Milwaukee Astronomical Society

Stargazing Star Tours

Index to the Constellations

A Summary of the Constellations and the Features of Each

This page provides an alphabetical listing of the constellations that are described in one or more of the sky tours -- that is, those visible from latitude North 45°. Each constellation is linked to its (most detailed) description in the tours. With each constellation, its key astronomical features are listed. Note that some constellations have no astronomical features that would be of interest for a stargazing group, although there are other cool stories to tell for any given constellation. Follow the links to find all of these.


  1. Andromeda
    • Andromeda Galaxy
    • Blue Snowball
    • γ Andromedae
  2. Aquarius
  3. Aquila
    • Altair & Pilot Stars
    • η Aquilae
    • Wild Duck Cluster
  4. Aries
    • γ Arietis double star
    • λ Arietis double star
  5. Auriga
    • Capella
    • ε Aurigae eclipsing variable

    • The following are interesting for astronomy students, and I don't usually pursue them for stargazers.
    • M36, M37, & M38 Open Clusters
    • The Crab Nebula (really in Taurus, but I have it on the page for neighboring Auriga)
  6. Boötes
    • Arcturus
    • M3 Globular Cluster
  7. Cancer
    • The Beehive
  8. Canes Venatici
  9. Canis Major
    • Sirius
    • Adhara
    • M41 Open Cluster
  10. Canis Minor
    • Procyon
  11. Capricornus
    • α Capricornus (Giedi Prime)
  12. Cassiopeia
      Remarkably, Cassiopeia is not for stargazers, other than recognizing the "Big W" (and sweeping it with binoculars to see the amazing field of stars). There is an abundance of targets for the astronomers in your group, though. A couple are mentioned in the tours:
    • M52
    • NGC663
  13. Cepheus
    • μ Cephei
    • δ Cephei
  14. Cetus
    • Mira
  15. Coma Berenices
    • Galactic North Pole
    • Black Eye Galaxy
  16. Corona Borealis
    • α Corona Borealis
  17. Corvus
    • Sombrero Galaxy
      ...strictly speaking this is part of Virgo but you find it (most easily) off of the northeast corner of Corvus
  18. Crater
  19. Cygnus
    • Deneb
    • Albireo
  20. Delphinus
  21. Draco
    • ν Draconis
    • Thuban
  22. Equuleus
  23. Gemini
    • Castor & Pollux
    • M35 open cluster
    • Christmas Tree Cluster
    • ζ Gemini
    • Eskimo Nebula
  24. Hercules
    • Keystone
    • α Herculis
    • M13 Globular Cluster
  25. Hydra
    • M48 Lost Star Cluster
    • Alphard
    • Ghost of Jupiter

    • ...and, only under a crystal-clear sky with a monster telescope,
    • M83 Spiral Galaxy
  26. Leo
    • Regulus
    • γ Leonis
    • M65 & M66 Galaxies
  27. Leo Minor
  28. Lepus
    • γ Leporis (double star)
    • M79 Globular Cluster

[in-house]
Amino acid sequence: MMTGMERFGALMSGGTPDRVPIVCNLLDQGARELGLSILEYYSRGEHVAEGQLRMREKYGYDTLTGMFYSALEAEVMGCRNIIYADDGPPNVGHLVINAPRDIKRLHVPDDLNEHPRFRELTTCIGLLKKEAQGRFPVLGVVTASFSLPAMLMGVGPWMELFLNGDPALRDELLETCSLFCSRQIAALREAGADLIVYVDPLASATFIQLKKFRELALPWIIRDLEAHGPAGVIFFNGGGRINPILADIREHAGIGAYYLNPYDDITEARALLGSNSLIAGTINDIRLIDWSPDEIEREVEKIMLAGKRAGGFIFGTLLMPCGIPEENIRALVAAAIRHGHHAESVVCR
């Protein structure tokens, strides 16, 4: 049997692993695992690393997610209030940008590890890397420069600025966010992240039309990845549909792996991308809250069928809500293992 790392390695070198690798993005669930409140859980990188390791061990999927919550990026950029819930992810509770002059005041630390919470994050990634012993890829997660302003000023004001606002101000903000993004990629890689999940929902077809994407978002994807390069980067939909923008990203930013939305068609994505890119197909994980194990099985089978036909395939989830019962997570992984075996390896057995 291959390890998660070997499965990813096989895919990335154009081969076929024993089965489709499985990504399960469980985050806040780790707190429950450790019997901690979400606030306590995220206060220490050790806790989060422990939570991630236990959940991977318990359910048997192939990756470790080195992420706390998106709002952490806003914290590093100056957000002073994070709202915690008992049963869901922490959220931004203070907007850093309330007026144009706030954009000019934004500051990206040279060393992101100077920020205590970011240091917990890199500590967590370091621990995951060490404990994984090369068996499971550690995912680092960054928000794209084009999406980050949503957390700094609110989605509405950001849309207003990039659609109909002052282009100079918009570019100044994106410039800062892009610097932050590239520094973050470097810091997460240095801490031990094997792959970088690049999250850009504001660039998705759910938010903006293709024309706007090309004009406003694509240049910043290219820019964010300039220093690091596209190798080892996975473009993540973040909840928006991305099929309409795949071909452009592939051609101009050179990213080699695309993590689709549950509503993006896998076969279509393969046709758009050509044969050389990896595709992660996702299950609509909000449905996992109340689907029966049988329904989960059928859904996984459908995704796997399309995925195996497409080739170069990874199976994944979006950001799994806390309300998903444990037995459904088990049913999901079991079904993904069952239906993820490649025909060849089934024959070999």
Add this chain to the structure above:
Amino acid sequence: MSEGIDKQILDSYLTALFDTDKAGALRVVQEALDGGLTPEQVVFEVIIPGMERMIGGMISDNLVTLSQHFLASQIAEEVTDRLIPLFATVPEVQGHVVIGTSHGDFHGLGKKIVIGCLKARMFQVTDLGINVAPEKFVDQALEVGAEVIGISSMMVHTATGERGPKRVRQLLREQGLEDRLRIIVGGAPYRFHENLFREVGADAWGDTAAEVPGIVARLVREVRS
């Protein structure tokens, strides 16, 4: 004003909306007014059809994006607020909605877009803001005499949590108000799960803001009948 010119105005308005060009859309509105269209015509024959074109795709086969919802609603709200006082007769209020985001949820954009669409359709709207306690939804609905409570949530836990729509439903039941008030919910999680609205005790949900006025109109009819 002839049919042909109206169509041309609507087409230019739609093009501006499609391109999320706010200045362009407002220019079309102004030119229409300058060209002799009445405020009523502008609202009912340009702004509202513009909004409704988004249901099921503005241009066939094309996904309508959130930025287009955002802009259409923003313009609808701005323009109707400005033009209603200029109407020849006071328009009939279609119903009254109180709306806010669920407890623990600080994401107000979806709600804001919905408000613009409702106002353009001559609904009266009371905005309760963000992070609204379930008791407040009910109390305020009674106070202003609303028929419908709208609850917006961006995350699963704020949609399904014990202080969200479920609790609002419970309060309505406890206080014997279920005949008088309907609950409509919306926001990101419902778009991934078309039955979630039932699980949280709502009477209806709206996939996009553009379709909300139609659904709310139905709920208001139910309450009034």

29. Libra
    • Zubeneschamali
    • Zubenelgenubi
  30. Lyra
    • Vega
    • Double Double
    • β Lyrae
    • Ring Nebula
  31. Ophiuchus
  32. Orion
    • Betegeuse & Rigel
    • M42 Orion Nebula
    • M78 Reflection Nebula
  33. Pegasus
    • Great Square of Pegasus
    • M15 Globular Cluster
  34. Perseus
    • Algol
    • α Persei
    • M34 Open Cluster
    • Double Cluster
  35. Pisces
    • ζ Piscium
    • TX Piscium

    • ...and for the astronomers in the group...
    • M74 Galaxy
  36. Piscis Austrinus
    • Fomalhaut
  37. Sagitta
      ...as noted in the reference page, I show these with Sagitta even though they are technically part of Vulpecula, which is too faint for anyone to care about...
    • The Coathanger
    • Dumbbell Nebula
  38. Sagittarius
    • The Teapot & Teaspoon
    • M8 Lagoon Nebula
    • M20 Trifid Nebula
    • M22 Globular Cluster
  39. Scorpius
    • Antares
    • Scorpion's Claws
    • M4 Globular Cluster
    • μ Scorpii
    • ζ Scorpii
    • Northern Jewel Box
    • Shaula
    • M6 Butterfly Cluster
    • M7 Open Cluster
  40. Serpens
      ...I don't mention this on the page (it is on the picture) but a good target in this constellation for your astronomers is
    • The Eagle Nebula
  41. Taurus
    • Aldebaran
    • The Pleiades
    • The Hyades
  42. Triangulum
    • M33 Pinwheel Galaxy
  43. Ursa Major
    • Three Leaps of the Gazelle
    • M81 & M82 Galaxies
    • Pointer Stars
    • Mizar & Alcor
  44. Ursa Minor
  45. Virgo
    • Spica
    • Virgo Cluster: M84 & M86 Galaxies

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Questions

Your questions and comments regarding the Stargazing section are welcome. You can e-mail the author, Randy Culp for inquiries, suggestions, new ideas or just to chat.
Updated 12 June 2019